Question TMA 2
The case study preferred to Shahida, a
fashion designer, who is in dispute with a local art gallery, Benjamin’s
Looking Glass. The dispute is about Shahida taking legal action against the art
gallery for selling her a wrong piece of painting, due to misrepresentation
from the sales assistant. The case study has shed light on the nature of
misrepresentation on a contract in order
to determine the possible legal actions and what remedy that may be available
Misrepresentation is relating to many
aspects in English law, both in contract and tort with a view to give an
adequate judgement. Misrepresentation is a not a term of contract but a false
statement of fact that induces the representee to enter into the contract and
it must have been relied on. The types of actionable misrepresentation is
determine by the state of mind of the
representor if it was made innocently, negligently or fraudulently. However the fallout of misrepresentation on a
contract is less serious compare with a mistake, one is voidable and the other
is not void.
In most circumstances, the court will
able to point out the existence of misrepresentation on basis of conduct made
by representor hence the contract could be rescinded. In Curtis v Chemical
Cleaning 1951 1 KB 805, Lord Denning stated ‘any behaviour, by words or
conduct, is sufficient to be a misrepresentation if it is such as to mislead
the other…if it conveys a false impression, that is enough’.
There are three elements in the
expression of representation. To begin with, there must be a statement, the
statement of specific existing and
verifiable fact or past event and the statement must induce the contract. Silence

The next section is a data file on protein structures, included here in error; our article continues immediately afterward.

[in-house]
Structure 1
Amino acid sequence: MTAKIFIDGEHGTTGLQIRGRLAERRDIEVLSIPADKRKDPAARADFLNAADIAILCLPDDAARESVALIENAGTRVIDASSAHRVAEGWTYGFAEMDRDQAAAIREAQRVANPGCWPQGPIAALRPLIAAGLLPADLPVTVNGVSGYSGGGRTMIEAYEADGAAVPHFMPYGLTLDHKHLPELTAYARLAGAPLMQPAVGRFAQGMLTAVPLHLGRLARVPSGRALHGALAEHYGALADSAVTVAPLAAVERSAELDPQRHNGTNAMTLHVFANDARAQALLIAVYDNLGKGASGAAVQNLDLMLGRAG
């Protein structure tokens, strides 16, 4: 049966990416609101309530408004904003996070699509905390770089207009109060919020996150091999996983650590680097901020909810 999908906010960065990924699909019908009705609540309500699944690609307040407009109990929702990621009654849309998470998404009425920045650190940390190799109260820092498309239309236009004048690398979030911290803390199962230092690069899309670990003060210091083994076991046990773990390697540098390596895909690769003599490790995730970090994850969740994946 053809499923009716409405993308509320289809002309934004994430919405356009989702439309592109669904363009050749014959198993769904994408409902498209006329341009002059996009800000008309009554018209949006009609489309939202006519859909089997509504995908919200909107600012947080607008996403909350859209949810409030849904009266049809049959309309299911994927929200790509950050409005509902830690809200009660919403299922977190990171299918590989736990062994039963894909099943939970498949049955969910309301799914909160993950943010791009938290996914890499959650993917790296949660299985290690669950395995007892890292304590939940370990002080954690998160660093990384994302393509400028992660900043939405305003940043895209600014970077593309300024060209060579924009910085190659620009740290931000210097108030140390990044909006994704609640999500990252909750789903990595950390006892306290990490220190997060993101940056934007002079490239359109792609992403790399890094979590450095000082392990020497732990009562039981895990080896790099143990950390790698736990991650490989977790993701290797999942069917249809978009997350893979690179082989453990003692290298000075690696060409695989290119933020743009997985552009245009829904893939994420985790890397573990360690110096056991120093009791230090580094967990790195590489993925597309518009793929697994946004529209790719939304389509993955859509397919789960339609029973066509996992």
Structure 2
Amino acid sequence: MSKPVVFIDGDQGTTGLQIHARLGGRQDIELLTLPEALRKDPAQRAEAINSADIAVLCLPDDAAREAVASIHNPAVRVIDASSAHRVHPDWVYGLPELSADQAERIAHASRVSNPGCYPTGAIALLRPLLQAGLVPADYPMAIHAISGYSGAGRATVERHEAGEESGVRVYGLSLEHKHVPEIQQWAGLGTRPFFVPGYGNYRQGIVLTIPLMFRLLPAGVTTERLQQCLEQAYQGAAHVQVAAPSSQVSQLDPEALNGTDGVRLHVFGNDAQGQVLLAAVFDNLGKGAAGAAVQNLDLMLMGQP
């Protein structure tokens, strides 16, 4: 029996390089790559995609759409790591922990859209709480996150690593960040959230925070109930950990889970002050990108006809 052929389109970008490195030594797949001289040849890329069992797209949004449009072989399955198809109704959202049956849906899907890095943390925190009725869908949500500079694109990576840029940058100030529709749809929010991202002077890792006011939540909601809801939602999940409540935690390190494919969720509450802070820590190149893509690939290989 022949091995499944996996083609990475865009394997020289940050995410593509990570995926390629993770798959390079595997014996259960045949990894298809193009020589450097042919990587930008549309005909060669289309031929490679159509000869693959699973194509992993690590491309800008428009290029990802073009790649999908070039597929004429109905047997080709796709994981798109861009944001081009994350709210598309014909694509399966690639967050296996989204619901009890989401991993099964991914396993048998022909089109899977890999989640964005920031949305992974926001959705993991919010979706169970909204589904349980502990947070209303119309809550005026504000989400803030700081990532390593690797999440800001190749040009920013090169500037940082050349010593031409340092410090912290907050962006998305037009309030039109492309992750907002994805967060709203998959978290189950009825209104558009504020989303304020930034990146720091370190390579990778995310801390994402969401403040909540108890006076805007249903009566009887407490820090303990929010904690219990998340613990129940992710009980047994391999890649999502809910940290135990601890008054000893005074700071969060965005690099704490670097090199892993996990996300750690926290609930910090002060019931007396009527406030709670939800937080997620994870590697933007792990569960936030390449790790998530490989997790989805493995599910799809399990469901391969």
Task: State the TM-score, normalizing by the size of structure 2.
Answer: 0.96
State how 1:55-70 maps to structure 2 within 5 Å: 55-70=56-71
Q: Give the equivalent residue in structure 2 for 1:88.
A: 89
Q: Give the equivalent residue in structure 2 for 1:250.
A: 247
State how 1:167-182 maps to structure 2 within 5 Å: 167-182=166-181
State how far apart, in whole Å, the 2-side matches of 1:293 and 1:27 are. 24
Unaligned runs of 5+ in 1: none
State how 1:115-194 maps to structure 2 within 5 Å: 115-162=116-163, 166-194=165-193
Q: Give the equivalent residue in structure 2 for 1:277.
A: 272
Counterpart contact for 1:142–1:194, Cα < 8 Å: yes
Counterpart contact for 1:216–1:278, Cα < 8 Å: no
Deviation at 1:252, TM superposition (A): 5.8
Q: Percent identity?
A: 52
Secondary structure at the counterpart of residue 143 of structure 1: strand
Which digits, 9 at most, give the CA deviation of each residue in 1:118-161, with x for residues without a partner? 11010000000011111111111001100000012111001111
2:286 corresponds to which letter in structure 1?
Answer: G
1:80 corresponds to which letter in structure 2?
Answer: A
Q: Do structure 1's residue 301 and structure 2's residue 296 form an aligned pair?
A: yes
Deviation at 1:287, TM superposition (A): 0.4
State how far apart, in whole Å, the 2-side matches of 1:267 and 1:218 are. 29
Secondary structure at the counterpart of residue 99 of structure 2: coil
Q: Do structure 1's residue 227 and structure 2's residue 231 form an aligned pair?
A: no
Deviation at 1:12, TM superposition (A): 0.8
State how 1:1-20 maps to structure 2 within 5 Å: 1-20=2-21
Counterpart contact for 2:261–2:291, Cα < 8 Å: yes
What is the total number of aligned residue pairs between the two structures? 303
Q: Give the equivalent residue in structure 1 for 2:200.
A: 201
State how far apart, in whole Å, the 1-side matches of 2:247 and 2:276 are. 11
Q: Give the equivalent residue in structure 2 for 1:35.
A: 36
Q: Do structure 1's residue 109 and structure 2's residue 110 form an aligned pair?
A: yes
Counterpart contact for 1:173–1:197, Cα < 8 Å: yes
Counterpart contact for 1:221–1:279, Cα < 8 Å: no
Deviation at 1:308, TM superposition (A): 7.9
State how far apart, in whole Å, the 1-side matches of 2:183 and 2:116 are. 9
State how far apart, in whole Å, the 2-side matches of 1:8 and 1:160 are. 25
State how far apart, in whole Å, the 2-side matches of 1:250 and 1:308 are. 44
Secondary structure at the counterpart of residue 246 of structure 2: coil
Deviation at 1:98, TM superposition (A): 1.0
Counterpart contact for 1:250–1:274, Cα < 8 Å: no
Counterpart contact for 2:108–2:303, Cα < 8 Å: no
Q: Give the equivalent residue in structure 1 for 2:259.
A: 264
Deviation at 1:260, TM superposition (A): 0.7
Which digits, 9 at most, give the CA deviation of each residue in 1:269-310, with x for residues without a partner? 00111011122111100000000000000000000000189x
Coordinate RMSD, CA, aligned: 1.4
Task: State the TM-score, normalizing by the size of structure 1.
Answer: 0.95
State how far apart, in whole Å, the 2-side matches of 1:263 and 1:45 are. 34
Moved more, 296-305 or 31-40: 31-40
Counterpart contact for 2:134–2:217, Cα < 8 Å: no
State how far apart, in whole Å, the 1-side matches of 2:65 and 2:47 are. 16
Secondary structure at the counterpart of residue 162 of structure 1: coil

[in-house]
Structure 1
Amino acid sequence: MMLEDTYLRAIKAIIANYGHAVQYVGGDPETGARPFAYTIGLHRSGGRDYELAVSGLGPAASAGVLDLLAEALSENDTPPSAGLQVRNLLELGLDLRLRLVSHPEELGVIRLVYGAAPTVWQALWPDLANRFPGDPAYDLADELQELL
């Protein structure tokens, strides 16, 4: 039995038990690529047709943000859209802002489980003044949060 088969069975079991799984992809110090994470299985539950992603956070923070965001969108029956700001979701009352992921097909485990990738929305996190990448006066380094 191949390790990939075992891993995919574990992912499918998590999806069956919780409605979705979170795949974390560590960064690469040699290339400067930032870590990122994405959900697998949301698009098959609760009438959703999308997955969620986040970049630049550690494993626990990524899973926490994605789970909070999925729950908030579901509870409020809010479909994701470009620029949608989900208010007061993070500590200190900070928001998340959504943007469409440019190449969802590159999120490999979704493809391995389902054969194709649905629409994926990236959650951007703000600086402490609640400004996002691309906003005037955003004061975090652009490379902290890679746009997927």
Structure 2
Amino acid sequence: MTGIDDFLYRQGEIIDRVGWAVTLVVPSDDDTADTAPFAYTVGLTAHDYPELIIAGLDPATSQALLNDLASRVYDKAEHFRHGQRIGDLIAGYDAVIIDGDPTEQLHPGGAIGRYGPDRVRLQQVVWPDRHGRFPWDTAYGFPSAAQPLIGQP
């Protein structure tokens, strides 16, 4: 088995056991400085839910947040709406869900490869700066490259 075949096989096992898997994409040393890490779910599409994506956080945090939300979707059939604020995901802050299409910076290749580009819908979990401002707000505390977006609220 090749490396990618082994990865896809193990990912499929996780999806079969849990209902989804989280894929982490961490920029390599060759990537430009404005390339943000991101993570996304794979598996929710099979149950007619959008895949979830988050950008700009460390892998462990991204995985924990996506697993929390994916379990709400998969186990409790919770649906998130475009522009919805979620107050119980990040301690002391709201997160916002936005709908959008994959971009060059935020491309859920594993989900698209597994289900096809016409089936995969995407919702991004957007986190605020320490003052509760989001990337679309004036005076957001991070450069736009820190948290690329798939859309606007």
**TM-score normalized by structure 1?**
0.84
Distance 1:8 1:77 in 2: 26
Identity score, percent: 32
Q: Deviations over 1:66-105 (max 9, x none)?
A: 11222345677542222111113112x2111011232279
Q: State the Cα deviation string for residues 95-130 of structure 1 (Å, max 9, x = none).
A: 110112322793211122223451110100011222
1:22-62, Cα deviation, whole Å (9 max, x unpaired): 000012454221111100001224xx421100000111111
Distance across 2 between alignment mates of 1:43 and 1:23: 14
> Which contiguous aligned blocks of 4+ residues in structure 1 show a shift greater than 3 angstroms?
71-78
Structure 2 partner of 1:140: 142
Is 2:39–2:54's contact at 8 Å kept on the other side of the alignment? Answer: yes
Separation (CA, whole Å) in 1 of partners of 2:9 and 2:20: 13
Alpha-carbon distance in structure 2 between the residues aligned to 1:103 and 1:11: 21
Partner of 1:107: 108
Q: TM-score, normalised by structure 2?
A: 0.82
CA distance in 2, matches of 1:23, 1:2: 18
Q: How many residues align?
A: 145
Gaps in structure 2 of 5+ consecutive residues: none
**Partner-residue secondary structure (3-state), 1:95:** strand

or non-disclosure has no effect if it does not relevant to the conditions of
the contract or being unknown to the third party . For instance, in Fletcher v
Krell 1873 42 LJ QB 55. The person who applied for the job of governess did
not need to disclose the fact that she had previously been married thus
remained silent. An actionable misrepresentation must be a false statement of
fact, not an opinion, future intention or law.
False statement of opinion is not a
misrepresentation of fact. In Bisset v Wilkson 1927 AC 177 Privy Council, the
claimant asked defendant for a statement of opinion even though defendant has
no sufficient knowledge to give an accurate answer. So therefore the council
held it was not an actionable misrepresentation.
A false statement by a person as what
will happen in the future is not classify as a misrepresentation and will not
be legally valid unless the statement is included into the contract. Then the
statement will be considered as a promise if it has induced another to enter
into a contract. Edgington v Fitzmaurice 1885 29 Ch D 459, held it was an
actionable misrepresentation as the defendant was in the position to carry out
his statement of promise for the future.
A false statement as to the law will be
not considered as actionable misrepresentation. Base on the fact that everyone
is presumed to know the law. Solle v Butcher 1950 1 KB 671.
Once misrepresentation has been
entrenched it is necessary to consider what types of actionable
misrepresentation has been made. The importance of the distinction depend on
the remedies available.
Fraudulent misrepresentation was
defined by Lord Herschell in Derry v Peek 1889 5 T.L.R. 625 ‘as a statement
which is made either knowing it to be false, without belief in it truth or recklessly,
careless as to whether it be true or false’. Therefore, if the defendant made a
statement which they honestly believe is true then it cannot be a fraudulent.
In Derry v Peek, the statement was made in the honest belief that approval to
use steam powered trams was forthcoming. So therefore the burden of proof is on
Negligent misrepresentation is a false statement made by a person who had no reasonable ground to believing
their statement to be true. The House of Lords have held that in certain
circumstances damages may be recoverable in tort for negligent misstatement
causing financial loss.